Can there be variation in the degree of inherited color vision deficiency?
A curious adult from Minnesota asks:
“I am a woman with mild color vision deficiency. I know that my mother’s maternal grandfather was quite color blind, as was one of her female first cousins. And that my dad has a color blindness like mine. Is the degree of deficiency inherited, or can it vary?
Also, is my deficiency milder than the known deficiency on my mother’s side of the family because my less-deficient X chromosome from my father trumps the more-deficient X chromosome from my mother? Or was that just luck?”
Given your parents, you were most likely either going to get your dad’s colorblindness or not be colorblind at all. And it is for the reasons you talk about.
How bad a case of colorblindness you get is often inherited. And in women, you end up with the less severe form of colorblindness that each parent happens to pass to you.
Your dad will pass his colorblindness to you each and every time. But your mom will either pass her severe form or none at all.
If she passes the severe form, you will have your dad’s colorblindness. And if she passes on no colorblindness, you won’t have any trouble telling red from green.
All of this would be very different if you were a boy. Then you’d either get mom’s more severe colorblindness or none at all. You would be extremely unlikely to end up with dad’s.
X Marks the Spot
Most of the time your DNA says whether you will be colorblind or not. This makes sense as your DNA has the instructions for making you, including your ability to tell red from green.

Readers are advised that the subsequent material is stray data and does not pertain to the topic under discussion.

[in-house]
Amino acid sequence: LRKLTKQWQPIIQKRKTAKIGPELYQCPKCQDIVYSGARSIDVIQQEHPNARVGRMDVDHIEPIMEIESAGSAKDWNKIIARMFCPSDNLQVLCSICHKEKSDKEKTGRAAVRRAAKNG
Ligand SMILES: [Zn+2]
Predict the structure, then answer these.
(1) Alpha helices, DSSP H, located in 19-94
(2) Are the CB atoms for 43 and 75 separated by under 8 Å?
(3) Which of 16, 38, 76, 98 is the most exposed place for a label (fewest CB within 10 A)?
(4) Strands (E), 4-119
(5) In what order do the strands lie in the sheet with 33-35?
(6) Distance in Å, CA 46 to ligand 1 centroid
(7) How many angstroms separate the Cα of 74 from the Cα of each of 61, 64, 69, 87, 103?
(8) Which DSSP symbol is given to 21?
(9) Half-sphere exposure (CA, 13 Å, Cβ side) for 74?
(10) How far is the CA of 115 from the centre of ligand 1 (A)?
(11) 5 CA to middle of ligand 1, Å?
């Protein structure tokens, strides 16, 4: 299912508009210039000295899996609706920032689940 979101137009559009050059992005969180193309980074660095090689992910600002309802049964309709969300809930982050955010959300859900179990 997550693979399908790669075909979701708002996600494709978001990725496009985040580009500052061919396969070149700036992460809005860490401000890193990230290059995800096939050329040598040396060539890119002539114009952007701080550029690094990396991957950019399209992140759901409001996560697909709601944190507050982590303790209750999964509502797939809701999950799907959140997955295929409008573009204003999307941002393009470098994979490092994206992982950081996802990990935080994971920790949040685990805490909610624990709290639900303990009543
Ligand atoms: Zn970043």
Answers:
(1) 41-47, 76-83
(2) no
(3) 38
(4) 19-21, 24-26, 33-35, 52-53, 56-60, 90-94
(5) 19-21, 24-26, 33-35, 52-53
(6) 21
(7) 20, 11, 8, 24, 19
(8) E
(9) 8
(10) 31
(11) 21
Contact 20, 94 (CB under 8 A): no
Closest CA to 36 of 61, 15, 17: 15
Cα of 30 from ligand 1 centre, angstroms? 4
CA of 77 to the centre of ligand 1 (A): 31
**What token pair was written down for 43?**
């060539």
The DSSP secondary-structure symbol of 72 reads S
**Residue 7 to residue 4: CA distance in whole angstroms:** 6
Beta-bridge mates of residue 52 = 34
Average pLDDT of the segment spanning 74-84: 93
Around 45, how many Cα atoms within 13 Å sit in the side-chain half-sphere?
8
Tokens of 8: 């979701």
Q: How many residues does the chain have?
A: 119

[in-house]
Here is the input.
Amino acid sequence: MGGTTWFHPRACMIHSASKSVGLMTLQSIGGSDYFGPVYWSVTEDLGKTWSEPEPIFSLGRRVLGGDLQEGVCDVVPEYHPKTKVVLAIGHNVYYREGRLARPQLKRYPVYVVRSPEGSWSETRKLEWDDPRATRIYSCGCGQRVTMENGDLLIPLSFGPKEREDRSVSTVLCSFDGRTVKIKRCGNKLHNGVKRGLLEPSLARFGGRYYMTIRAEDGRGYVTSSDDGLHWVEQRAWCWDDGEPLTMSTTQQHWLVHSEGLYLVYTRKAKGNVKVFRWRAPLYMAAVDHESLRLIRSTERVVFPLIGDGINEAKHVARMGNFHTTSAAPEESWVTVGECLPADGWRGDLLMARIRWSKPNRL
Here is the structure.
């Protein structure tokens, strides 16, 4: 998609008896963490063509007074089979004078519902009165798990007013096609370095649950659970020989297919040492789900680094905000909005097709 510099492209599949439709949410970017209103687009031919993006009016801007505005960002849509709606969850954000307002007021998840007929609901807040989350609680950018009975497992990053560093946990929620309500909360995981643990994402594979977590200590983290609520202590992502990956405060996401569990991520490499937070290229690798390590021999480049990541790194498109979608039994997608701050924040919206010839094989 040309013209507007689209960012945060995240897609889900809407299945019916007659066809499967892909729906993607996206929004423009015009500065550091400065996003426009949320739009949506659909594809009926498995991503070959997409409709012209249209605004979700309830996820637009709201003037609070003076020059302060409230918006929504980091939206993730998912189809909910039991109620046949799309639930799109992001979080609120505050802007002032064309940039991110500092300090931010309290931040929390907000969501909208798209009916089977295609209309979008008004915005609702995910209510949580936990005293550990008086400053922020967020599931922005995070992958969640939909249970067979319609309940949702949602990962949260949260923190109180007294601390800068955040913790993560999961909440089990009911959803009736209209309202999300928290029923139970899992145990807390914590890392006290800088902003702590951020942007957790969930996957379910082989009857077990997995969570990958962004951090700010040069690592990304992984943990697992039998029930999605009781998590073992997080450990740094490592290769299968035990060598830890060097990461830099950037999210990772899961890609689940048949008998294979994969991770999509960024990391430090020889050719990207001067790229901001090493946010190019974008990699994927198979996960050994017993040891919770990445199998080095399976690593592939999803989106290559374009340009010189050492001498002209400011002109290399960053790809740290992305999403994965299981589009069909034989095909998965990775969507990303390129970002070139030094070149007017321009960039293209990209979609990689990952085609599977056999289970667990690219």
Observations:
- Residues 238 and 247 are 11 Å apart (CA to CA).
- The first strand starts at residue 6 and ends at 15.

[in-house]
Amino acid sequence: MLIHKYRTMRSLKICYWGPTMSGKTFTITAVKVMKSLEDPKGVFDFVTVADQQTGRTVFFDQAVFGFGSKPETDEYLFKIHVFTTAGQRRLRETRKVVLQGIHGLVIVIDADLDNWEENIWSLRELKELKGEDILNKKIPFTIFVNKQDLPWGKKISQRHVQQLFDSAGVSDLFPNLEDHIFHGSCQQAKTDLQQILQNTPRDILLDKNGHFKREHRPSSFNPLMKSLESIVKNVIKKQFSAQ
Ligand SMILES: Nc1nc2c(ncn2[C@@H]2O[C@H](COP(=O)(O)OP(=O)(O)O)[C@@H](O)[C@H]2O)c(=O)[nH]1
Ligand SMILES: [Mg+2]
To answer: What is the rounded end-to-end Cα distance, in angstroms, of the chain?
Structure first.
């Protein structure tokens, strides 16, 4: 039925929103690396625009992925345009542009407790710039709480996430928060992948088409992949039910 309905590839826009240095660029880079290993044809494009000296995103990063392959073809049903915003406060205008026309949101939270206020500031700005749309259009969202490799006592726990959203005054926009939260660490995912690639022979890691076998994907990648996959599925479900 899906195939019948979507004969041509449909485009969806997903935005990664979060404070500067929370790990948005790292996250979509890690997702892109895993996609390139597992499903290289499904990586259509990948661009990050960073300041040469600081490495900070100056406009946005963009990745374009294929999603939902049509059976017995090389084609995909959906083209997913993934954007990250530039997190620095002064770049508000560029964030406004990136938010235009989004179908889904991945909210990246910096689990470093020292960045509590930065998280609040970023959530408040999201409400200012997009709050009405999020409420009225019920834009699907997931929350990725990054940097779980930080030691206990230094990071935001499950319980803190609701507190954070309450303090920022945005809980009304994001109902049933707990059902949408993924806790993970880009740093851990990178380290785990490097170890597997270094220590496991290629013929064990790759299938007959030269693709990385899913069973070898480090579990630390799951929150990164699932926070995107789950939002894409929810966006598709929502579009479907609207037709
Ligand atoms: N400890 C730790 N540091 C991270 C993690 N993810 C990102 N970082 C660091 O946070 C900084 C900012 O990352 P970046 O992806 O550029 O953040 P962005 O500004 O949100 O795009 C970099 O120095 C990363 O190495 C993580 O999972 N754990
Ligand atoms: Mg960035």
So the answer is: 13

Like those old sets of encyclopedias, your instructions are split into multiple parts. These parts are called chromosomes.
In people, there are 23 pairs of these chromosomes. We have two sets of 23 of nearly identical chromosomes. We get one set of 23 from mom and one set of 23 from dad.
Each chromosome in a pair isn’t truly identical though. There is the occasional difference here and there.
It is these differences that make each of us unique. And it is differences like these in a specific spot that can lead to colorblindness.
Men and women have more than these scattered differences though. They have a very different set of chromosomes for their 23rd pair.
This pair is called the sex chromosomes. Men have an X and a Y chromosome and women have two X’s.
This matters here because colorblindness is associated with the X chromosome. And if you have two X’s, the best one for color vision wins out.
This is why men are colorblind more often than women. They have just one X and if it says to be colorblind, they will be colorblind.
The story is very different for women. Because of their two X’s, they are much less likely to be colorblind.
If they have an X that doesn’t lead to colorblindness, it doesn’t matter what the other X says. She won’t be colorblind.
Women need for both X’s to lead to colorblindness to be colorblind. And they will favor the X with the less severe form.
More than One Colorblindness
There are many different kinds of colorblindness. And there can be different levels within each.
The most common form is red-green colorblindness. People with this form have trouble telling red from green.